A jet aircraft (or simply jet) is an aircraft (nearly always a fixed-wing aircraft) propelled by jet engines (jet propulsion).
Whereas the engines in propeller-powered aircraft generally achieve their maximum efficiency at much lower speeds and altitudes, jet engines and aircraft achieve maximum efficiency (see specific impulse) at speeds close to or even well above the speed of sound. Jet aircraft generally cruise at faster than about M 0.8 (609 mph, 981 km/h or 273 m/s) at altitudes around 10,000–15,000 metres (33,000–49,000 ft) or more.
Frank Whittle, an English inventor and RAF officer, developed the concept of the jet engine in 1928,Hans von Ohain in Germany, a decade later developed the concept independently at the end of the 1930s. He wrote in February 1936 to Ernst Heinkel, telling him of the design and its possibilities. However, it can be argued that the English engineer A. A. Griffith, who published a paper in July 1926 on compressors and turbines, also deserves credit.
Coordinates: 15°N 48°E / 15°N 48°E / 15; 48
Yemen (i/ˈjɛmən/; Arabic: اليَمَن al-Yaman), officially known as the Republic of Yemen (الجمهورية اليمنية al-Jumhūrīyah al-Yamanīyah), is an Arab country in Western Asia, occupying the southwestern to the southern end of the Arabian Peninsula. Yemen is the second largest country in the peninsula, occupying 527,970 km2 (203,850 sq mi). The coastline stretches for about 2,000 km (1,200 mi). It is bordered by Saudi Arabia to the north, the Red Sea to the west, the Gulf of Aden and Arabian Sea to the south, and Oman to the east. Although Yemen's constitutionally stated capital is the city of Sana'a, the city has been under rebel control since February 2015. Because of this, Yemen's capital has been temporarily relocated to the port city of Aden, on the southern coast. Yemen's territory includes more than 200 islands; the largest of these is Socotra.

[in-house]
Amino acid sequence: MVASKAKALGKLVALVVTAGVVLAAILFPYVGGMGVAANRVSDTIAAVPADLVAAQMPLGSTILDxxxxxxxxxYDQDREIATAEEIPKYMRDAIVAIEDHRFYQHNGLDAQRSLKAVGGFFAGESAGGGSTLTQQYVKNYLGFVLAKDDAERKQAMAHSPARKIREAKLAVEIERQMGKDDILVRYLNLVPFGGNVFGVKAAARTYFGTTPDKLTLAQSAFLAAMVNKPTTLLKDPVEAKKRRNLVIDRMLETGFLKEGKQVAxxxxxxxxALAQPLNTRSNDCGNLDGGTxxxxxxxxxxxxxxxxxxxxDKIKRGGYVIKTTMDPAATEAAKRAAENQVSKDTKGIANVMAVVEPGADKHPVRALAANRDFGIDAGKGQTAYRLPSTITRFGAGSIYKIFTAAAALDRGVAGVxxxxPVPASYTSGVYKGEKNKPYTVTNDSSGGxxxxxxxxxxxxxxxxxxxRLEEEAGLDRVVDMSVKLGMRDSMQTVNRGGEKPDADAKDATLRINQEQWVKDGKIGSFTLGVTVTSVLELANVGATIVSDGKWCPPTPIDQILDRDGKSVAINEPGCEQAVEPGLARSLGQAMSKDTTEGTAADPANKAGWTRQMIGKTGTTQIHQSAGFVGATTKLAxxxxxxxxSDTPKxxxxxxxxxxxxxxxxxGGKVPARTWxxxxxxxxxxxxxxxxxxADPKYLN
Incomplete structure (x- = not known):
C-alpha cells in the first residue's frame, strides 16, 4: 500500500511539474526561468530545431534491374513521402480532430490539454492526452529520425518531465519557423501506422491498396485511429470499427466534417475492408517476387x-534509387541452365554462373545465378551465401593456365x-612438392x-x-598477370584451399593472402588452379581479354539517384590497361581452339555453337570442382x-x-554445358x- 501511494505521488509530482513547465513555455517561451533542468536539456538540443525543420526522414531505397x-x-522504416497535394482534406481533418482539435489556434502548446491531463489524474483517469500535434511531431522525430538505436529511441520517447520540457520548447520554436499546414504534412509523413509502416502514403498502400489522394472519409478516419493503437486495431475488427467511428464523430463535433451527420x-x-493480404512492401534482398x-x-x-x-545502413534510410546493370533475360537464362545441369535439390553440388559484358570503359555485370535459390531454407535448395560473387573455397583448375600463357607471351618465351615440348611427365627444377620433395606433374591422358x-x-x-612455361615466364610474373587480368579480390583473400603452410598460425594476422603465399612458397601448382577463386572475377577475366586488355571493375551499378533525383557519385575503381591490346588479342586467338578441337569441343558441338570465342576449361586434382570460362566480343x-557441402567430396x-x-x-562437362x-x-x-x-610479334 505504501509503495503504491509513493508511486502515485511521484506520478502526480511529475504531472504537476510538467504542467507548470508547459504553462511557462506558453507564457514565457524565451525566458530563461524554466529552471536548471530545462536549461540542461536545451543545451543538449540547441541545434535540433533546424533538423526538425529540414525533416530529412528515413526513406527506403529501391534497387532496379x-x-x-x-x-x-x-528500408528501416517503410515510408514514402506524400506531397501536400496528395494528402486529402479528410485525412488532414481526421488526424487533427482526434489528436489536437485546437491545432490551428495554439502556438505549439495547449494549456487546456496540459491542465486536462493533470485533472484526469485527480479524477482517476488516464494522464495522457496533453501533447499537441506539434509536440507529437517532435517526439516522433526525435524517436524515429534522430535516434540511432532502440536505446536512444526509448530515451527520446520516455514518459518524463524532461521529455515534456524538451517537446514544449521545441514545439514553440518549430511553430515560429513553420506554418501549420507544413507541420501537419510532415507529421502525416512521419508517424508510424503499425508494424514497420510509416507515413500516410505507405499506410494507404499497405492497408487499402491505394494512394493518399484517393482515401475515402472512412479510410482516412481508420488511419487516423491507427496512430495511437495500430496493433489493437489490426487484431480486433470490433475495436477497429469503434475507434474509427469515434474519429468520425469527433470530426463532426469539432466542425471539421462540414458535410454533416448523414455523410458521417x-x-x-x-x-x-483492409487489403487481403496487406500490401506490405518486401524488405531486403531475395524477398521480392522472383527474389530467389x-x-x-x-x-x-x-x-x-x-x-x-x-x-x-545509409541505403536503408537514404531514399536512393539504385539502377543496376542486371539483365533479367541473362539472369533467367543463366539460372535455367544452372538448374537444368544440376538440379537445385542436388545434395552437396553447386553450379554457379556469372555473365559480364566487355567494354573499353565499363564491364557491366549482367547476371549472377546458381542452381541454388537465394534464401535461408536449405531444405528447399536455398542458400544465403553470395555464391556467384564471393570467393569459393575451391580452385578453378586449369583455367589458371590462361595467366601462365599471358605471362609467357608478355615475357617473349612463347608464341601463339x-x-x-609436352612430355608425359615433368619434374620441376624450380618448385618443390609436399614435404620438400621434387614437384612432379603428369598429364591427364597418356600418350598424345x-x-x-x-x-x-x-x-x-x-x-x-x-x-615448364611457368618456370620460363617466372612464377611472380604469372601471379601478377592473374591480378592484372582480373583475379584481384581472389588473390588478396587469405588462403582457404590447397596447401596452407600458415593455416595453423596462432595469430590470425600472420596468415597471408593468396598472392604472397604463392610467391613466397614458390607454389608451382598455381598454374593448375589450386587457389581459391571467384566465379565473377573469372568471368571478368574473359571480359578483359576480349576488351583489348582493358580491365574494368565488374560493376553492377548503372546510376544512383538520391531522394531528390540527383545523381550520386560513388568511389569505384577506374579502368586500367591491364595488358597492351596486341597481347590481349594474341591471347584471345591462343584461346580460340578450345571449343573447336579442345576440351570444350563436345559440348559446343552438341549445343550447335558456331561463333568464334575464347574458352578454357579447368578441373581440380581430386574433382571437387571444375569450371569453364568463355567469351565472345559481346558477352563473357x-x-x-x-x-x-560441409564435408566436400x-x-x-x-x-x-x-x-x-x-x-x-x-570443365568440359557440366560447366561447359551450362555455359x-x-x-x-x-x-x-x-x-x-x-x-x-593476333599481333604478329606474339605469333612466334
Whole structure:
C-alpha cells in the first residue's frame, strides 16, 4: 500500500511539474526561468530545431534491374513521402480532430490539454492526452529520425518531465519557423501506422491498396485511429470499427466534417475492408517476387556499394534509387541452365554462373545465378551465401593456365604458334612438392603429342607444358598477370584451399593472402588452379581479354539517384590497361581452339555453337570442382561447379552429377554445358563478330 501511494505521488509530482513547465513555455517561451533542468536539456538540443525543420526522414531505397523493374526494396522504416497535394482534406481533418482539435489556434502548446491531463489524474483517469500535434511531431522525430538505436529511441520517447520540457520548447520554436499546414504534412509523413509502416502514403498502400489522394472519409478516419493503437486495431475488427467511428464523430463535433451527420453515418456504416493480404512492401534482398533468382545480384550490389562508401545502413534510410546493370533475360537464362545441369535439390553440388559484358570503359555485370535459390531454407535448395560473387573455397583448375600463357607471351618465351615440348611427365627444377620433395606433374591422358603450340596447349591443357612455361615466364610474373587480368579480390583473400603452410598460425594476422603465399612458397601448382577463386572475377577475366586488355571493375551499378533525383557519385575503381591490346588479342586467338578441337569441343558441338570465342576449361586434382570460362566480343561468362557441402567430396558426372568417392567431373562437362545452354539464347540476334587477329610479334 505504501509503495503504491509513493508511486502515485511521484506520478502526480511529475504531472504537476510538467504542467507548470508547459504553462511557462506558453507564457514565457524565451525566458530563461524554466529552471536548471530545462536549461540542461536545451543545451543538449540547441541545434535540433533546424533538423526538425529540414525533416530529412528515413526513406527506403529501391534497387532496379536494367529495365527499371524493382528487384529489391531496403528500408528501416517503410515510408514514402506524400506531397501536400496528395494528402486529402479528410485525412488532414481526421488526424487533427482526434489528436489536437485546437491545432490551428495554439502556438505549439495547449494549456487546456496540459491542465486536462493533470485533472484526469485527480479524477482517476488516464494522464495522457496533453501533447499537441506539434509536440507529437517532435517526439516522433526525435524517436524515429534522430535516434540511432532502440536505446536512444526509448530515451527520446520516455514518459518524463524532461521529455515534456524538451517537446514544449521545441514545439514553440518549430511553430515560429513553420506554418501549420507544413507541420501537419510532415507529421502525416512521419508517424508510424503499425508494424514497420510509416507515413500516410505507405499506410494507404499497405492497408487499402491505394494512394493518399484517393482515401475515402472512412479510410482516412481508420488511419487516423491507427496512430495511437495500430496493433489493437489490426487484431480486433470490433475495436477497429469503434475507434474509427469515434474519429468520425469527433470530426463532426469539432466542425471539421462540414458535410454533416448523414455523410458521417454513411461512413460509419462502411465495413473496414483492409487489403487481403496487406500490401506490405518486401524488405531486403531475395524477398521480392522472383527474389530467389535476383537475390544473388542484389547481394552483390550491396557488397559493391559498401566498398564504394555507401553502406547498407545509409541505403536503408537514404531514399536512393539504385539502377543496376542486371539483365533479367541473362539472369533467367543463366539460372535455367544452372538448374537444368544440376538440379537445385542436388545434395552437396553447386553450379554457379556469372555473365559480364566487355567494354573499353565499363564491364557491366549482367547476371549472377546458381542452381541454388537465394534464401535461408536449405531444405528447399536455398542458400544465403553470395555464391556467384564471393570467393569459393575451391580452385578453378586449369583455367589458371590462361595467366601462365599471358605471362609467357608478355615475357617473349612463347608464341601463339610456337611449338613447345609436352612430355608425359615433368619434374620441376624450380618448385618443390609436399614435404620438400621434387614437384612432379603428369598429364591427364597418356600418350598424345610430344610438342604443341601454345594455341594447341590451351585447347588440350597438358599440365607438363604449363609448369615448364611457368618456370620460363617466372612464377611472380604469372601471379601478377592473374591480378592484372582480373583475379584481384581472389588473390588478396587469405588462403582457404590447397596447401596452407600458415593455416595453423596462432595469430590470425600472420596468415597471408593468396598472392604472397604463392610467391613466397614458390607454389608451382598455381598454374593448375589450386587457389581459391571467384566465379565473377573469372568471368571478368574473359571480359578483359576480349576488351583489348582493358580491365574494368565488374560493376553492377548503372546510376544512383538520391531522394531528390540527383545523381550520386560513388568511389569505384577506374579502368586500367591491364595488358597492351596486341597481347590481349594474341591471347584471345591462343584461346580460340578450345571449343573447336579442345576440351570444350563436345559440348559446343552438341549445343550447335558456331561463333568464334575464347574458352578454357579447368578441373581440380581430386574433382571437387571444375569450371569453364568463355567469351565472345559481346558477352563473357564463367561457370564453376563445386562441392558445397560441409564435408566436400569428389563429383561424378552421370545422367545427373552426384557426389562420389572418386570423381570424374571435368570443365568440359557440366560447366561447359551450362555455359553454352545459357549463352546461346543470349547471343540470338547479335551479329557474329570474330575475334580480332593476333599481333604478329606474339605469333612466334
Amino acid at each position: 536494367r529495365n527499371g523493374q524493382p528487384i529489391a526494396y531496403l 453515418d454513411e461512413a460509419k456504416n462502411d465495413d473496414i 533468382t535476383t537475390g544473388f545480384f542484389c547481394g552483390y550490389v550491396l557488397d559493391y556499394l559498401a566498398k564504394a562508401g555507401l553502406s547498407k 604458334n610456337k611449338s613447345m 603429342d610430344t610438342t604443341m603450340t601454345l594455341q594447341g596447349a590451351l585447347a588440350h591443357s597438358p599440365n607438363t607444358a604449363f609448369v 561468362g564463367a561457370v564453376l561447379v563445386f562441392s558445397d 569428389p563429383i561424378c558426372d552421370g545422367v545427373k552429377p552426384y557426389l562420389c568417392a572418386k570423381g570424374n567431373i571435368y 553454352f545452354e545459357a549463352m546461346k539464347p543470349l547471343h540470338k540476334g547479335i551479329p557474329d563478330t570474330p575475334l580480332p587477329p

Yemen was the home of the Sabaeans (biblical Sheba), a trading state that flourished for over a thousand years and probably also included parts of modern-day Ethiopia and Eritrea. In 275 AD, the region came under the rule of the later Jewish influenced Himyarite Kingdom. Christianity arrived in the 4th century AD whereas Judaism and local paganism were already established. Islam spread quickly in the 7th century and Yemenite troops were crucial in the expansion of the early Islamic conquests. Administration of Yemen has long been notoriously difficult. Several dynasties emerged from the 9th to 16th century, the Rasulid being the strongest and most prosperous. The country was divided between the Ottoman and British empires in the early 20th century. The Zaydi Mutawakkilite Kingdom of Yemen was established after World War I in North Yemen before the creation of Yemen Arab Republic in 1962. South Yemen remained a British protectorate until 1967. The two Yemeni states united to form the modern republic of Yemen in 1990.
The Yemen Arab Republic (YAR; Arabic: الجمهورية العربية اليمنية al-Jumhūrīyah al-‘Arabīyah al-Yamanīyah), also known as North Yemen or Yemen (Sana'a), was a country from 1962 to 1990 in the northwestern part of what is now Yemen. Its capital was at Sana'a. It united with the People's Democratic Republic of Yemen, commonly known as South Yemen, on May 22, 1990, to form the current Republic of Yemen.
Following the collapse of the Ottoman Empire, northern Yemen became an independent state as the Mutawakkilite Kingdom of Yemen. On 27 September 1962, revolutionaries inspired by the Arab nationalist ideology of United Arab Republic (Egyptian) President Gamal Abdel Nasser deposed the newly crowned King Muhammad al-Badr, took control of Sana'a, and established the Yemen Arab Republic (YAR). This coup d'état marked the beginning of the North Yemen Civil War that pitted YAR troops assisted by the United Arab Republic (Egypt) while Saudi Arabia and Jordan supported Badr's royalist forces opposing the newly formed republic. Conflict continued periodically until 1967 when Egyptian troops were withdrawn. By 1968, following a final royalist siege of Sana'a, most of the opposing leaders reached a reconciliation; Saudi Arabia recognized the Republic in 1970.
Yemen usually refers to:
Yemen can also refer to: